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Pork DNA case firm removes products
The company which supplied halal food found to contain traces of pork DNA has removed all products from the manufacturer.
Food distributor 3663 carried out its own tests after initially fearing five of its halal products may have contained horse meat. But tests found it was pork DNA traces.
A 3663 spokeswoman told the BBC the company was "shocked" at the findings of the tests.
The Ministry of Justice (MoJ) has suspended 3663 - a supplier of meat to prisons - after discovering that food products may contain traces of non-halal meat, despite being sourced from a properly halal-certified supplier.
Islamic law forbids the consumption of pork. All the contaminated products have been withdrawn, the MoJ confirmed. 3663 said in a statement its sentiments echoed those of the MoJ, and said it was a situation that "we deeply regret".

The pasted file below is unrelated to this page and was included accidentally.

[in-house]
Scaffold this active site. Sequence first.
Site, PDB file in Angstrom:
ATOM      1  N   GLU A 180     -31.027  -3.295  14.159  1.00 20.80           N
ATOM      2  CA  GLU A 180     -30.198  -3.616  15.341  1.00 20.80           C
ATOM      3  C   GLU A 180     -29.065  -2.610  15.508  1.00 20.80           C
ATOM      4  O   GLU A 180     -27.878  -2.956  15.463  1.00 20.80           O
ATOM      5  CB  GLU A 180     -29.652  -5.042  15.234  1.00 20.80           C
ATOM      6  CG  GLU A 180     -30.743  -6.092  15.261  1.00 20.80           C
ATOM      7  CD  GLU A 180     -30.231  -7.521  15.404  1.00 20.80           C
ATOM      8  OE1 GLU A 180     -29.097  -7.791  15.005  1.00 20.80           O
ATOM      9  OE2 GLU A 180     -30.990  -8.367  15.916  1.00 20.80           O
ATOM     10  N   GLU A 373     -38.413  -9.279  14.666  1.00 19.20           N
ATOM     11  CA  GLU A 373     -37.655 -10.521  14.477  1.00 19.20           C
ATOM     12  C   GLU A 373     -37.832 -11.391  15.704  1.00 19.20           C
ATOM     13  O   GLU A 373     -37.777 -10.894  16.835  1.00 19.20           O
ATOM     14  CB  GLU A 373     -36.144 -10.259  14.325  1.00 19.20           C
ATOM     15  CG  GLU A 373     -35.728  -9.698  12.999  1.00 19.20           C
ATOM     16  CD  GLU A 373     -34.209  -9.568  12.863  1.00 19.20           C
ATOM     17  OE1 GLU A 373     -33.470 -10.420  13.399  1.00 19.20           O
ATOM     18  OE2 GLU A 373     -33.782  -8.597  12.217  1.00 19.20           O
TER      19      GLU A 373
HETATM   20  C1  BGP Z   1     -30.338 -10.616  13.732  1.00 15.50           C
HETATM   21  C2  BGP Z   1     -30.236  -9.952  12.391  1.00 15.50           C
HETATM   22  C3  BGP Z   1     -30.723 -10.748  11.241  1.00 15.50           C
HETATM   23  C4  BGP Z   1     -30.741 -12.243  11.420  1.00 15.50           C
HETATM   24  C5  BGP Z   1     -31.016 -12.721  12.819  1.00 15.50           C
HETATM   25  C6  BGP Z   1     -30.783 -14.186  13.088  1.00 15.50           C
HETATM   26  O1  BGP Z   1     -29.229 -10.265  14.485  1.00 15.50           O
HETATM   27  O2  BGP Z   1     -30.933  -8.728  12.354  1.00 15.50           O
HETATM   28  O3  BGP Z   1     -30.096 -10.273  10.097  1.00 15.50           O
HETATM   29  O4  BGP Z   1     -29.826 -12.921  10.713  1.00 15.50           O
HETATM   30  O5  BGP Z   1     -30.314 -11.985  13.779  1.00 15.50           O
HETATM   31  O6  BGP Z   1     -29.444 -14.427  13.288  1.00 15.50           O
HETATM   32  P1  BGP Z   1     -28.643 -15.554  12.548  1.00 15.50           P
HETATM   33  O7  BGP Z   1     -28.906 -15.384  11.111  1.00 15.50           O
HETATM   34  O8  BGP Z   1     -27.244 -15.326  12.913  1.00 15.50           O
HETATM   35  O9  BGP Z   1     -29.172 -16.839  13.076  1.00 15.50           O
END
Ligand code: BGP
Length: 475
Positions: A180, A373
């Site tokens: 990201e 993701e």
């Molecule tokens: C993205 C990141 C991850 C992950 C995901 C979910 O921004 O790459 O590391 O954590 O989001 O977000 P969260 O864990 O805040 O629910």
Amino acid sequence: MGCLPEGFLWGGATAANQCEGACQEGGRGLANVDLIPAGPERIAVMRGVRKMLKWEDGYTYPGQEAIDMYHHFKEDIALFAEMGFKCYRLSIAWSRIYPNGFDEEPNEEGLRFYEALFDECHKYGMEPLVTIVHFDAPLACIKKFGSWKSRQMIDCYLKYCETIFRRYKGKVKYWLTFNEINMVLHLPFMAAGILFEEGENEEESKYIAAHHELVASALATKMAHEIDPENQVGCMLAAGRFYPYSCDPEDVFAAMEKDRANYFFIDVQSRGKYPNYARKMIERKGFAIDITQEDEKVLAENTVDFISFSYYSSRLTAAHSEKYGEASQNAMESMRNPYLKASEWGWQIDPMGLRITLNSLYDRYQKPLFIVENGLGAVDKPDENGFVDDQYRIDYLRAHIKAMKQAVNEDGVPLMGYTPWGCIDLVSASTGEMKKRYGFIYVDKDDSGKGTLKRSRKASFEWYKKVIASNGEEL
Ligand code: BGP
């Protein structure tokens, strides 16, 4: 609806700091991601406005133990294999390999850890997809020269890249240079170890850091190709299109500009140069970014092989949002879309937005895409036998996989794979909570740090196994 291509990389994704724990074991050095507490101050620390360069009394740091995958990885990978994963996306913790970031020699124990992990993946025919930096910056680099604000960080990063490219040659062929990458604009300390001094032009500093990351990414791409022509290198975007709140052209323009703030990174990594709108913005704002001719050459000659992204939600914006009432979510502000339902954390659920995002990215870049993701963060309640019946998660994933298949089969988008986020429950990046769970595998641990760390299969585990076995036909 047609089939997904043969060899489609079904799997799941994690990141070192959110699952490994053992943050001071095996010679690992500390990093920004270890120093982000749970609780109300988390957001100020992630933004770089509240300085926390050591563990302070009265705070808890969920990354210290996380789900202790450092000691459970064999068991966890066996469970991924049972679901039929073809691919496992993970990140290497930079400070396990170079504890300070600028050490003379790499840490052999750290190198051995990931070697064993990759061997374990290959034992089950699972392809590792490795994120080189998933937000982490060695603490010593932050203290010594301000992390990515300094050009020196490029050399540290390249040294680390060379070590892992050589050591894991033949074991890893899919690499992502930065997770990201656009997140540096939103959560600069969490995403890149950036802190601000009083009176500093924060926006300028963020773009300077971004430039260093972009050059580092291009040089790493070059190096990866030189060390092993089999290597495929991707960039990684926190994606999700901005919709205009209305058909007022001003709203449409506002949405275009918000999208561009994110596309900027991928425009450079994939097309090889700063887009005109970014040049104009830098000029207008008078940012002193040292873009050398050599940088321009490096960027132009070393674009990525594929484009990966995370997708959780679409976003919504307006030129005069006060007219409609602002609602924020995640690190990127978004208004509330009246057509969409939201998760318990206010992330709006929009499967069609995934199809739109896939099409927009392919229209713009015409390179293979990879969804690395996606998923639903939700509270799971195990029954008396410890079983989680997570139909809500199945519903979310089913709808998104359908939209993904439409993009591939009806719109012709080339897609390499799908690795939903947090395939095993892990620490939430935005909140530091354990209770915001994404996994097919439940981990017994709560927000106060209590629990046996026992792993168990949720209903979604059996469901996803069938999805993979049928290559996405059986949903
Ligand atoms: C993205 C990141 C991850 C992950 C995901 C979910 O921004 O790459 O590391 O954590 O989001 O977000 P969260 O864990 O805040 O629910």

A spokesman for the MoJ said that following the discovery of non-halal meat and the traces of pork, all prisons were informed and the Food Standards Agency (FSA) was immediately informed before steps were taken to suspend the relevant supplier.
The FSA said the local authority where the supplier is based is now investigating how the contamination came about, and whether products have been distributed elsewhere in the UK.
Justice minister Jeremy Wright said: "This is an absolutely unacceptable situation, and one which we regret greatly. Clearly this must be distressing for those affected and they can be reassured we are doing everything we can to resolve the situation. The Prison Service is investigating this as a matter of urgency."
The Prison Reform Trust said it welcomed the immediate apology and investigation. Its director Juliet Lyon said: "This is not a matter of dietary preference but of Islamic law. There are clear hospital and prison rules that halal meat must be on the menu.
"This lapse will have offended and distressed high numbers of Muslim prisoners and their families so apologising, suspending the supplier and investigating the incident are the right steps for the Ministry of Justice to take."